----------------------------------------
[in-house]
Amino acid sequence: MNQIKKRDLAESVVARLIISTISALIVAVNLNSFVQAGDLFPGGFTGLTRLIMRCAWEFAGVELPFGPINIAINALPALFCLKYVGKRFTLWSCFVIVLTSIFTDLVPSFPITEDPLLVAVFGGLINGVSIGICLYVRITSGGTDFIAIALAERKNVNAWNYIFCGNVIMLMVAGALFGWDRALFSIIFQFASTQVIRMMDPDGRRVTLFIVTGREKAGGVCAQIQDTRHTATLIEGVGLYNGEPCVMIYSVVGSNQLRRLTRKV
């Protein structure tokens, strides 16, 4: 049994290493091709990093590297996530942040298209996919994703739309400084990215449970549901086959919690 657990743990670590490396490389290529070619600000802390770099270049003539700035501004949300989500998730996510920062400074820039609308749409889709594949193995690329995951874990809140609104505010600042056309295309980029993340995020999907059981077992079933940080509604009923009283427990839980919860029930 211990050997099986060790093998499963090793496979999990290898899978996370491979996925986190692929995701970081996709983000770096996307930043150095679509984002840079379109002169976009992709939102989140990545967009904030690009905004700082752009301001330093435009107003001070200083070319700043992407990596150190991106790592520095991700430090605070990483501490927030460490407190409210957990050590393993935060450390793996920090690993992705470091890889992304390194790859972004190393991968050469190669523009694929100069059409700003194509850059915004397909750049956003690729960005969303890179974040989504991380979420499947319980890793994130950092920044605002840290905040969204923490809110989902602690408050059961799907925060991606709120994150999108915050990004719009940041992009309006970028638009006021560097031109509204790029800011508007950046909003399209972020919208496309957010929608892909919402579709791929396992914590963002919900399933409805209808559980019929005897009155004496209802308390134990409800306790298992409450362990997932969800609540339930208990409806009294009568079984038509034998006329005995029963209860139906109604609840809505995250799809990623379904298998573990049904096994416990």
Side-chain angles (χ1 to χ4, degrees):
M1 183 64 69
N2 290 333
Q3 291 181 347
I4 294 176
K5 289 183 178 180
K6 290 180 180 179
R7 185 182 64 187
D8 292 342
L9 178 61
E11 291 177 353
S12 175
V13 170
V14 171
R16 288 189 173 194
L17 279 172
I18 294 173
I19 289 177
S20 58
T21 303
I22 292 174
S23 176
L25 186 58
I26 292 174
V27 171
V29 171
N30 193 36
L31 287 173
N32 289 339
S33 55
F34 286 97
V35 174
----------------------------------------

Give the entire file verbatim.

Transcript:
[in-house]
Amino acid sequence: MNQIKKRDLAESVVARLIISTISALIVAVNLNSFVQAGDLFPGGFTGLTRLIMRCAWEFAGVELPFGPINIAINALPALFCLKYVGKRFTLWSCFVIVLTSIFTDLVPSFPITEDPLLVAVFGGLINGVSIGICLYVRITSGGTDFIAIALAERKNVNAWNYIFCGNVIMLMVAGALFGWDRALFSIIFQFASTQVIRMMDPDGRRVTLFIVTGREKAGGVCAQIQDTRHTATLIEGVGLYNGEPCVMIYSVVGSNQLRRLTRKV
């Protein structure tokens, strides 16, 4: 049994290493091709990093590297996530942040298209996919994703739309400084990215449970549901086959919690 657990743990670590490396490389290529070619600000802390770099270049003539700035501004949300989500998730996510920062400074820039609308749409889709594949193995690329995951874990809140609104505010600042056309295309980029993340995020999907059981077992079933940080509604009923009283427990839980919860029930 211990050997099986060790093998499963090793496979999990290898899978996370491979996925986190692929995701970081996709983000770096996307930043150095679509984002840079379109002169976009992709939102989140990545967009904030690009905004700082752009301001330093435009107003001070200083070319700043992407990596150190991106790592520095991700430090605070990483501490927030460490407190409210957990050590393993935060450390793996920090690993992705470091890889992304390194790859972004190393991968050469190669523009694929100069059409700003194509850059915004397909750049956003690729960005969303890179974040989504991380979420499947319980890793994130950092920044605002840290905040969204923490809110989902602690408050059961799907925060991606709120994150999108915050990004719009940041992009309006970028638009006021560097031109509204790029800011508007950046909003399209972020919208496309957010929608892909919402579709791929396992914590963002919900399933409805209808559980019929005897009155004496209802308390134990409800306790298992409450362990997932969800609540339930208990409806009294009568079984038509034998006329005995029963209860139906109604609840809505995250799809990623379904298998573990049904096994416990």
Side-chain angles (χ1 to χ4, degrees):
M1 183 64 69
N2 290 333
Q3 291 181 347
I4 294 176
K5 289 183 178 180
K6 290 180 180 179
R7 185 182 64 187
D8 292 342
L9 178 61
E11 291 177 353
S12 175
V13 170
V14 171
R16 288 189 173 194
L17 279 172
I18 294 173
I19 289 177
S20 58
T21 303
I22 292 174
S23 176
L25 186 58
I26 292 174
V27 171
V29 171
N30 193 36
L31 287 173
N32 289 339
S33 55
F34 286 97
V35 174